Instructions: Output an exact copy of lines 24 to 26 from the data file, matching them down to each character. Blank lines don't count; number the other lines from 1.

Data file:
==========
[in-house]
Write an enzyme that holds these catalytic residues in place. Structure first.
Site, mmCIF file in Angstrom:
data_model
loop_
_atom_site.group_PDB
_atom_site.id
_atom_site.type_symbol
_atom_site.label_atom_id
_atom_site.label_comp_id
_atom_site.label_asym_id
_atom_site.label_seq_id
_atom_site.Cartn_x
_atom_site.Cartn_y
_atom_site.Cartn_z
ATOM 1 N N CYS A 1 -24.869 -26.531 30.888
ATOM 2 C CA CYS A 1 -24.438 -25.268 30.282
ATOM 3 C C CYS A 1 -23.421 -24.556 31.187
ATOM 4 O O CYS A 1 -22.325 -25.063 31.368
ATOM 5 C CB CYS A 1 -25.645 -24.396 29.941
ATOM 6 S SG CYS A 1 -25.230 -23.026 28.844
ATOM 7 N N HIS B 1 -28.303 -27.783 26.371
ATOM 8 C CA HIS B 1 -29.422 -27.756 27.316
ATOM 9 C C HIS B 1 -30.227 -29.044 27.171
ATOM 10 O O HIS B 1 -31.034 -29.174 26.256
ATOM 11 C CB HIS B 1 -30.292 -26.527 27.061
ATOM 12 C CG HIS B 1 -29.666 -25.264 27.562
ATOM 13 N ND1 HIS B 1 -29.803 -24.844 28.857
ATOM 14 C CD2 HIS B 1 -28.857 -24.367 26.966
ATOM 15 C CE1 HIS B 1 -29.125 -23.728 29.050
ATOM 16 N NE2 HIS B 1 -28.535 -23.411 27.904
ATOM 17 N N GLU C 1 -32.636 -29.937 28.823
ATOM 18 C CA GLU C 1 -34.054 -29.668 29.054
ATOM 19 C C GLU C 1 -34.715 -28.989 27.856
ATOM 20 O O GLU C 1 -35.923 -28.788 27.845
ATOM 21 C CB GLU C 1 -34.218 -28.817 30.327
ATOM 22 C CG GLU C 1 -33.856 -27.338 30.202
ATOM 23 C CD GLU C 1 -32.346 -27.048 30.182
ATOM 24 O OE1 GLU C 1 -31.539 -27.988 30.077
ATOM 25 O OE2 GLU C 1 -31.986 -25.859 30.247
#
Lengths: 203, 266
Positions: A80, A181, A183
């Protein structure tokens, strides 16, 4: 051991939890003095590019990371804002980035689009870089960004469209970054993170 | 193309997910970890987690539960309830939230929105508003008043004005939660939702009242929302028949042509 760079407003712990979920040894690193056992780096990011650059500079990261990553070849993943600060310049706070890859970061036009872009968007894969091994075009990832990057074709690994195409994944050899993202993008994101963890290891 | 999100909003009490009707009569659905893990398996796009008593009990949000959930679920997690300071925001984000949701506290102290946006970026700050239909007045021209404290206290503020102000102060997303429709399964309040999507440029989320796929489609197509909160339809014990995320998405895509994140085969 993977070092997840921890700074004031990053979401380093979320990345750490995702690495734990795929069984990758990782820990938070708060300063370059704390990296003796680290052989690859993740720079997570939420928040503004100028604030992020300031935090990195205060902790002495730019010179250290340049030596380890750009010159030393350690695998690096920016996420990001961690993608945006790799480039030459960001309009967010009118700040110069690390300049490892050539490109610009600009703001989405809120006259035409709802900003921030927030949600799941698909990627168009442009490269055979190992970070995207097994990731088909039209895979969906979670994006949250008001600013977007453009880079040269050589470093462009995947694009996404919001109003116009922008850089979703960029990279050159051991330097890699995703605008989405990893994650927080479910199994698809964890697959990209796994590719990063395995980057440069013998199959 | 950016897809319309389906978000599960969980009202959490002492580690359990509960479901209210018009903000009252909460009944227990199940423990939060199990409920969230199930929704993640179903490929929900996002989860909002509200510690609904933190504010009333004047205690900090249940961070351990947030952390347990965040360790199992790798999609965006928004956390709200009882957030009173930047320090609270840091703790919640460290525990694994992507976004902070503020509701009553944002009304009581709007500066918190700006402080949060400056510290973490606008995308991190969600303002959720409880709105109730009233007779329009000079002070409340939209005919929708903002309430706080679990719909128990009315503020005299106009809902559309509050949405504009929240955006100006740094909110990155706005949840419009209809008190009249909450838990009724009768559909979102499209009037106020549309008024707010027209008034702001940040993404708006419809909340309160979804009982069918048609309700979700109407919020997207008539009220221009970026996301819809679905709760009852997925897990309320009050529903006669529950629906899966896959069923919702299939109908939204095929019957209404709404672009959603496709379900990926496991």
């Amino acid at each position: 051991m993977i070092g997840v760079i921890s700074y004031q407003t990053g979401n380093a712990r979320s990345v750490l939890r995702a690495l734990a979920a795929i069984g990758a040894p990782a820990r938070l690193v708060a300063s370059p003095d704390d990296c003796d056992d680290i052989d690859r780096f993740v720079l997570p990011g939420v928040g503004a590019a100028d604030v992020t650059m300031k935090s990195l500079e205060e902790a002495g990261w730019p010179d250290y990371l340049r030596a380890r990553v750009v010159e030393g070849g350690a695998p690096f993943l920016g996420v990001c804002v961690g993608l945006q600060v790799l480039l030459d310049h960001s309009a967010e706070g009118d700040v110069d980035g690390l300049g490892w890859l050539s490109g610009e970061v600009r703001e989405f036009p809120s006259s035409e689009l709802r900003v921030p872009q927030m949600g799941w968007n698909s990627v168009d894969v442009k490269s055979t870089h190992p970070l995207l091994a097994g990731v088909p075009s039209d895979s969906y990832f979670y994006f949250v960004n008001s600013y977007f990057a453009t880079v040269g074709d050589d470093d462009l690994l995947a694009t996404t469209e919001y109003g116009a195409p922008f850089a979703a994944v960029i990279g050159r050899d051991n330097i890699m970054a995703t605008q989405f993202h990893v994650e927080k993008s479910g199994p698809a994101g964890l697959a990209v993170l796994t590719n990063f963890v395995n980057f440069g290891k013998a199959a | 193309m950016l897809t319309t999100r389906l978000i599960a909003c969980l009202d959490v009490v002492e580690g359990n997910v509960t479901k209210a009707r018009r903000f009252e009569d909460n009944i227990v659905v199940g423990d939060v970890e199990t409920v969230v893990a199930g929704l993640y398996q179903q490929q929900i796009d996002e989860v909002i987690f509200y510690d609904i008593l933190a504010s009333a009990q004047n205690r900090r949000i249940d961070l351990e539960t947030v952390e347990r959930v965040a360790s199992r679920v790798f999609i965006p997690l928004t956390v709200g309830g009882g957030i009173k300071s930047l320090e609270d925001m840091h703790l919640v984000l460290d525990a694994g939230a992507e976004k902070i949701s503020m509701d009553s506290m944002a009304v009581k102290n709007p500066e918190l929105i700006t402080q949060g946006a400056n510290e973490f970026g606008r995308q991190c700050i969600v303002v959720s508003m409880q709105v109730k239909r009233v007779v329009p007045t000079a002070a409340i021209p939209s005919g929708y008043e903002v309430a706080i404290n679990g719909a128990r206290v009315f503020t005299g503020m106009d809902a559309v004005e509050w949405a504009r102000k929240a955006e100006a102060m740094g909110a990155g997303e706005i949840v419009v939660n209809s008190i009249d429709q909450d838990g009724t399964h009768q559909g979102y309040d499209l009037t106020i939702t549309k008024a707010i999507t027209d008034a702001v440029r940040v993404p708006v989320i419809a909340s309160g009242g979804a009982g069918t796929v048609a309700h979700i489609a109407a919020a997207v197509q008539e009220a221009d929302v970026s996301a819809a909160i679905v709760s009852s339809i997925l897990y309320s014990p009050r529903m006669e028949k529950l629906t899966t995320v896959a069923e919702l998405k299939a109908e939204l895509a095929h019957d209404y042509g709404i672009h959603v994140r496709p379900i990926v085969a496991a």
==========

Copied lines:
ATOM 9 C C HIS B 1 -30.227 -29.044 27.171
ATOM 10 O O HIS B 1 -31.034 -29.174 26.256
ATOM 11 C CB HIS B 1 -30.292 -26.527 27.061